JW Miller, et al. Vitamin D Status and Rates of Cognitive Decline in a Multiethnic Cohort of Older Adults. JAMA Neurology Publishes online Sept 142015 doi:10.1001/jama-neurol.2015.2115
Neuroscience News Sept 14, 2015


Severe MTHFR deficiency treatment with TMG!

Researchers investigated the effect of trimethylglycine (TMG-also known as betaine) treatment on development and survival in patients with severe methylenetetrahydrofolate reductase (MTHFR) deficiency. Deficiency of (5,10)-MTHFR is a frequent remethylation disorder, and clinical consequences vary greatly depending on the degree of enzyme deficiency. Carriers of the prevalent mild thermolabile variant are at risk for moderate hyperhomocysteinemia, but do not have neurological symptoms. On the other hand, severe MTHFR is rare, and presentation is in infancy or early childhood. The inability to remethylate homocysteine to methionine induces profoundly elevated homocysteine and decreased methionine concentrations in blood. Untreated patients either die or, if they survive, exhibit severe developmental delay and a life-long dependence on care. Researchers identified 15 case reports and case series totaling 36 patients with severe MTHFR deficiency, and compared the outcomes in treated vs. untreated patients, and early vs. late-treated patients. The main outcons and measures was survival and psychomotor development. Results showed that 11 of 36 patients died (31%), all of which occurring in patients who did not receive treatment or in whom treatment was delayed. In contrast, all 5 early-treated patients survived. Additionally, psychomotor development in surviving patients receiving treatment was normal in all 5 early-treated patients, but in none of the surviving patients with delayed treatment. Researchers concluded that early treatment prevents mortality and allows normal psychomotor development in patients with severe MTHFR deficiency, highlighting the importance of timely recognition through newborn screening.

EF Diekman, et al. Survival and Psychomotor Development with Early Betaine Treatment in Patients with Severe Methylenetetrahydrofolate Reductase Deficiency. JAMA Neurol. Feb 2014, Vol 71, No. 2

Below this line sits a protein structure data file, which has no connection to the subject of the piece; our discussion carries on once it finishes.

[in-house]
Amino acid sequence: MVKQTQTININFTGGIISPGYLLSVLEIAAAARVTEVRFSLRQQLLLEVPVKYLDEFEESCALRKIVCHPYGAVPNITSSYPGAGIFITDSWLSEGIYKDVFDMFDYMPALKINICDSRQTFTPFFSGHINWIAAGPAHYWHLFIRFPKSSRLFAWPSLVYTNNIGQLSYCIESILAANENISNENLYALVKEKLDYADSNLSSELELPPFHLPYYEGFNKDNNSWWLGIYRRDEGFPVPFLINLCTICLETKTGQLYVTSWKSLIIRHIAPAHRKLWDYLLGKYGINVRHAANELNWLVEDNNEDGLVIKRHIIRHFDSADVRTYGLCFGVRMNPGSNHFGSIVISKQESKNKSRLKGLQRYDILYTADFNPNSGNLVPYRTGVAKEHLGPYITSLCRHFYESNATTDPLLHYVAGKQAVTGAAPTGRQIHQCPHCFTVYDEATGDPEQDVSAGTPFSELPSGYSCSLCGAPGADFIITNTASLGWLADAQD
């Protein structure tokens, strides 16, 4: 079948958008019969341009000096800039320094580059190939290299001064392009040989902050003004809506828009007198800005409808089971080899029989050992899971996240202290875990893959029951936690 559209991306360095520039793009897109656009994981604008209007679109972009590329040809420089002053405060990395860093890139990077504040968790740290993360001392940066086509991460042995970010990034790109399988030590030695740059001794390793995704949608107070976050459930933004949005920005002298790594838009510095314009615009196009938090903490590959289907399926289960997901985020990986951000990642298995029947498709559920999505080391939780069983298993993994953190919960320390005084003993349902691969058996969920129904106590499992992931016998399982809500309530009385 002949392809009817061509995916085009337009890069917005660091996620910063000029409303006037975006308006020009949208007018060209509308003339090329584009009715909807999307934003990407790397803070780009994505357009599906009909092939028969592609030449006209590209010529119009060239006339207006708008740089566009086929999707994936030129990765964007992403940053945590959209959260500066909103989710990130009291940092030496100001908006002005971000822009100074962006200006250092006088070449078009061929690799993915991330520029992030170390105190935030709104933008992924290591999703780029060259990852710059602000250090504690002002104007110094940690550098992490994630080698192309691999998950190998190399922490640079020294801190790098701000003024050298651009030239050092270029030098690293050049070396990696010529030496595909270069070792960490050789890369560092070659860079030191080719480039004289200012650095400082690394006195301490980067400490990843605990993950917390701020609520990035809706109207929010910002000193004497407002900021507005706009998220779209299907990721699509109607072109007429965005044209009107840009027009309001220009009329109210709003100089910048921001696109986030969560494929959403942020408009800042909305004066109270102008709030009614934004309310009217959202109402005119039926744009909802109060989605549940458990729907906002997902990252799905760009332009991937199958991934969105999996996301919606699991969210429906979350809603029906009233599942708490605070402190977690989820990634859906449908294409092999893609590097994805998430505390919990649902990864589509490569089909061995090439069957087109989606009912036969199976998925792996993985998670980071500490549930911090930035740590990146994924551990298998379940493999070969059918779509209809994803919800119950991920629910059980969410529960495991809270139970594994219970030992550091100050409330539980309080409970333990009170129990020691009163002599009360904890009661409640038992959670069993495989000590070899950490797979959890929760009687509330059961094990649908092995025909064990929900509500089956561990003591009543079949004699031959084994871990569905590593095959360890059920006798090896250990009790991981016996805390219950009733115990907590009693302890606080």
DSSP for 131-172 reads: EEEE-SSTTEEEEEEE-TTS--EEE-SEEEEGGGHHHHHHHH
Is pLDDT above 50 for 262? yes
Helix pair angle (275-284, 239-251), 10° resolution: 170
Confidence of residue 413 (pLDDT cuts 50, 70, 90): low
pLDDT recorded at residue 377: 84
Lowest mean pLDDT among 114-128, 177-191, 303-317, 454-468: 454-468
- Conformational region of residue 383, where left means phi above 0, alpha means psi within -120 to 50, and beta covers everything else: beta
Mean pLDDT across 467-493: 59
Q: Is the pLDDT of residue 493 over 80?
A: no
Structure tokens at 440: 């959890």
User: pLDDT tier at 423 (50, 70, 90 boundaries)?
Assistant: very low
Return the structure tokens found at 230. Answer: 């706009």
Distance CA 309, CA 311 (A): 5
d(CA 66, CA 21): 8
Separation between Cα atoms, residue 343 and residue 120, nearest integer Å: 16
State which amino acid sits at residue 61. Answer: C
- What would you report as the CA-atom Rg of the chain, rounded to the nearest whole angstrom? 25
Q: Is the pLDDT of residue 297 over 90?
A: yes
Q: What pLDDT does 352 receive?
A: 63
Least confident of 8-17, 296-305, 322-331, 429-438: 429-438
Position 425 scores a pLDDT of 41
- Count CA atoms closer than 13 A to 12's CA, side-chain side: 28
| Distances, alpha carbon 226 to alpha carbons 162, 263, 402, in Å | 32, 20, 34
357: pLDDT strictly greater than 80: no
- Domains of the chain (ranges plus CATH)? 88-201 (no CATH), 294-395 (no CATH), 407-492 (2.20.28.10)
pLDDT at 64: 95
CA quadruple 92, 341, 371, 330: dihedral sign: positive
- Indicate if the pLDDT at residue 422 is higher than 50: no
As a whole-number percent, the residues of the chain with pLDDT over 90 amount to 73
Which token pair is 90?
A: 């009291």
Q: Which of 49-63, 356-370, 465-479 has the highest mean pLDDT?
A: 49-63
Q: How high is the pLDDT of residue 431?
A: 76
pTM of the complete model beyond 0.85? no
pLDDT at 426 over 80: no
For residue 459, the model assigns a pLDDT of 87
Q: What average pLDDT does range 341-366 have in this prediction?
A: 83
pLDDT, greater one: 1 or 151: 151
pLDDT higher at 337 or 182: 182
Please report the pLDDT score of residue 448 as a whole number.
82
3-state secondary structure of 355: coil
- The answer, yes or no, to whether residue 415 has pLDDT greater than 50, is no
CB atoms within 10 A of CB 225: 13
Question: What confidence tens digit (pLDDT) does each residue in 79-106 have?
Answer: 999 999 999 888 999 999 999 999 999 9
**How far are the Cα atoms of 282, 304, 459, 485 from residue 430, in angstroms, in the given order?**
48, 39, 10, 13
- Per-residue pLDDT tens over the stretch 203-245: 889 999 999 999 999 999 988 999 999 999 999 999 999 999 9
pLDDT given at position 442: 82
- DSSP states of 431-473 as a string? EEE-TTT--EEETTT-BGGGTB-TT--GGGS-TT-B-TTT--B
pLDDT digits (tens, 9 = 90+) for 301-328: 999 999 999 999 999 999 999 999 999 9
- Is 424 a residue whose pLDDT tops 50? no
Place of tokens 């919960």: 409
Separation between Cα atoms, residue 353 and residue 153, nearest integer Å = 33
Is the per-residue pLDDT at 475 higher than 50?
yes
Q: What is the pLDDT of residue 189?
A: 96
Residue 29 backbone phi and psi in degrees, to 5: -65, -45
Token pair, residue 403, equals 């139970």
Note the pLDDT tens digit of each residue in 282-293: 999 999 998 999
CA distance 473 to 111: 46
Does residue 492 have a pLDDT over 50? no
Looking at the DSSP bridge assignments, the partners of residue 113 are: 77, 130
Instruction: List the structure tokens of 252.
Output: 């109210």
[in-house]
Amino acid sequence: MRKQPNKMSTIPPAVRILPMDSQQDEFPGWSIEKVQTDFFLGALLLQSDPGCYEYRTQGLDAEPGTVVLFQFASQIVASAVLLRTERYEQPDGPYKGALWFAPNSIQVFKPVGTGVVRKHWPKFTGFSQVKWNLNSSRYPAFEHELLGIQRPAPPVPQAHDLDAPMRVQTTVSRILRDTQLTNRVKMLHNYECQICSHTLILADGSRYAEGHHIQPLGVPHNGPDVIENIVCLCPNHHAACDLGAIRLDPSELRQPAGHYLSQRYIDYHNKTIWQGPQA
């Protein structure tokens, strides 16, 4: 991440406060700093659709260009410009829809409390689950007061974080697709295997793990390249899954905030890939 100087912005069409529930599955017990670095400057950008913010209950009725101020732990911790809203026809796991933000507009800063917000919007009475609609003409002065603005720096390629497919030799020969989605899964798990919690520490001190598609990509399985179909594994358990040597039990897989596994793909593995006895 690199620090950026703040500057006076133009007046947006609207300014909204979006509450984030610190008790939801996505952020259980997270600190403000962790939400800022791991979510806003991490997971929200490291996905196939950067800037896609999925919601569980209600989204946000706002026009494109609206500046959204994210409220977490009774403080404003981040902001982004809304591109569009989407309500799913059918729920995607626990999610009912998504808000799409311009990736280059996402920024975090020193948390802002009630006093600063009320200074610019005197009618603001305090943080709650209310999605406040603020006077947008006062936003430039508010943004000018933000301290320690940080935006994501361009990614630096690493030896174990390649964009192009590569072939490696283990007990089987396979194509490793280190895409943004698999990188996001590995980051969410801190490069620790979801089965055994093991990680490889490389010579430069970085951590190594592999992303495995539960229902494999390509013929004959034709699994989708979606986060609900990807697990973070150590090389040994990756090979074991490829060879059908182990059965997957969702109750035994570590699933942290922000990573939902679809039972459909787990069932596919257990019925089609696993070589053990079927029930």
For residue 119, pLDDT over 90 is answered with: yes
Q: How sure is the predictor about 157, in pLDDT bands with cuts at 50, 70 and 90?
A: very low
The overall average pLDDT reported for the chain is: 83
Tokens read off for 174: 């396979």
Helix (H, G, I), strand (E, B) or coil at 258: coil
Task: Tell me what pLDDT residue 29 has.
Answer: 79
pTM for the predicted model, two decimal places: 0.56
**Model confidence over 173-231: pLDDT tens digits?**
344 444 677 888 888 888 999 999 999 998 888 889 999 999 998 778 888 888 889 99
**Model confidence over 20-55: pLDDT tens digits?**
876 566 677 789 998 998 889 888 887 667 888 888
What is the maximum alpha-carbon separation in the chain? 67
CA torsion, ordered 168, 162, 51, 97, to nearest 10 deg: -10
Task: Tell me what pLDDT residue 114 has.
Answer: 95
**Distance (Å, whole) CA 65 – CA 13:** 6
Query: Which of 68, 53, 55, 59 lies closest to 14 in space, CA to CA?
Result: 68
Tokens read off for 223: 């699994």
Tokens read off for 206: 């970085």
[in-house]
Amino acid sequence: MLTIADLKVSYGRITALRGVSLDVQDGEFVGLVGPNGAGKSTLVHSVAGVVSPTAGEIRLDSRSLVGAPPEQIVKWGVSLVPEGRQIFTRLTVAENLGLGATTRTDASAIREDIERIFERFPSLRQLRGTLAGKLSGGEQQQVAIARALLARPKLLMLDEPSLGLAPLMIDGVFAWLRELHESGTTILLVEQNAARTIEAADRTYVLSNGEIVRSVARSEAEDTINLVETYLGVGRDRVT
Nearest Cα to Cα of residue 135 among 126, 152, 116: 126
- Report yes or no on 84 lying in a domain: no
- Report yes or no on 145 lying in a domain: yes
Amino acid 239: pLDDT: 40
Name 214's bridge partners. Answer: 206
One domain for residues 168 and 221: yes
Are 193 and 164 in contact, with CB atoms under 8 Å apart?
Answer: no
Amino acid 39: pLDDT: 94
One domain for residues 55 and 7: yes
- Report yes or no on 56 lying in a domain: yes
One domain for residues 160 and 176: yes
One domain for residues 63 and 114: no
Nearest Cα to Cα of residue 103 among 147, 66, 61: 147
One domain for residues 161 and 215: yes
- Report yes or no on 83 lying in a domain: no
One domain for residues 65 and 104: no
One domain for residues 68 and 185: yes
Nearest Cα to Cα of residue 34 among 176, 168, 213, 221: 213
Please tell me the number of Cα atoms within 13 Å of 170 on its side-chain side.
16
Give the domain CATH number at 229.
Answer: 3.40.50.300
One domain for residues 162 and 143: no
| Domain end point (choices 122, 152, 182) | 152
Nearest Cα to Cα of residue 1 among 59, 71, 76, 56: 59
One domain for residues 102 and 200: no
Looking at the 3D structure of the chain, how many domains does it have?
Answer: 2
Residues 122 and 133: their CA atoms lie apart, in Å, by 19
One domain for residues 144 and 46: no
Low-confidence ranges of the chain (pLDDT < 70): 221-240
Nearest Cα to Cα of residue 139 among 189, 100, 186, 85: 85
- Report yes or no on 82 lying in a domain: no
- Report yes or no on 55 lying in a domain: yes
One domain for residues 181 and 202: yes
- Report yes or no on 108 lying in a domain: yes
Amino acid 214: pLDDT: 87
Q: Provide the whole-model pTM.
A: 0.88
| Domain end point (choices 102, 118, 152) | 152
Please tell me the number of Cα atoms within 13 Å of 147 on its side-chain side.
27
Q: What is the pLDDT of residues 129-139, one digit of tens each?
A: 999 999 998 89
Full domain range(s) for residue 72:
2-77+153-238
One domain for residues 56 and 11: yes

Vitamin A Directs Immune Cells to the Intestines!

We know that vitamin A deficiencies lead to increased susceptibility to disease and low concentrations of immune cells in the mucosal barrier lining the intestines. Researchers from Purdue University found that the vitamin A metabolite retinoic acid (RA), is necessary for two of the three types of innate immune cells residing in the intestine (ILC1 and ILC3) to find their proper place. Innate lymphoid cells (ILCs), which are present in barrier tissues, gather in the lymph nodes where RA activates specific receptors upon two of the three subsets, acting as homing devices for the intestines. These immune cells then travel through the circulatory system, the receptor grab onto and bind to molecules in the intestines and keep the cells in place. They need to be concentrated in mucosal barrier tissues, because they are the point of entry from many infections from bacteria, viruses and parasites. These innate immune cells reside under the epithelial cell barrier that lines the intestine in a healthy system. When a pathogen penetrates the epithelial barrier, innate immune cells respond, attacking the pathogen to keep it from penetrating farther into the tissue or reaching the bloodstream. Researchers concluded that distinct programs regulate the migration of ILC subsets to the intestine for regulation of innate immunity. Interestingly, Vitamin D has been shown to work in a similar way to guide immune cells to the skin.

MH Kin, EJ Taparowsky, CH Kim. Retinoic acid differentially regulates the migration of innate lymphoid cell subsets to the gut. Immunity Vol 43, Issue 1, p107-119, 21 July 2015
Purdue study finds vitamin A directs immune cells to the intestines. July 9, 2015.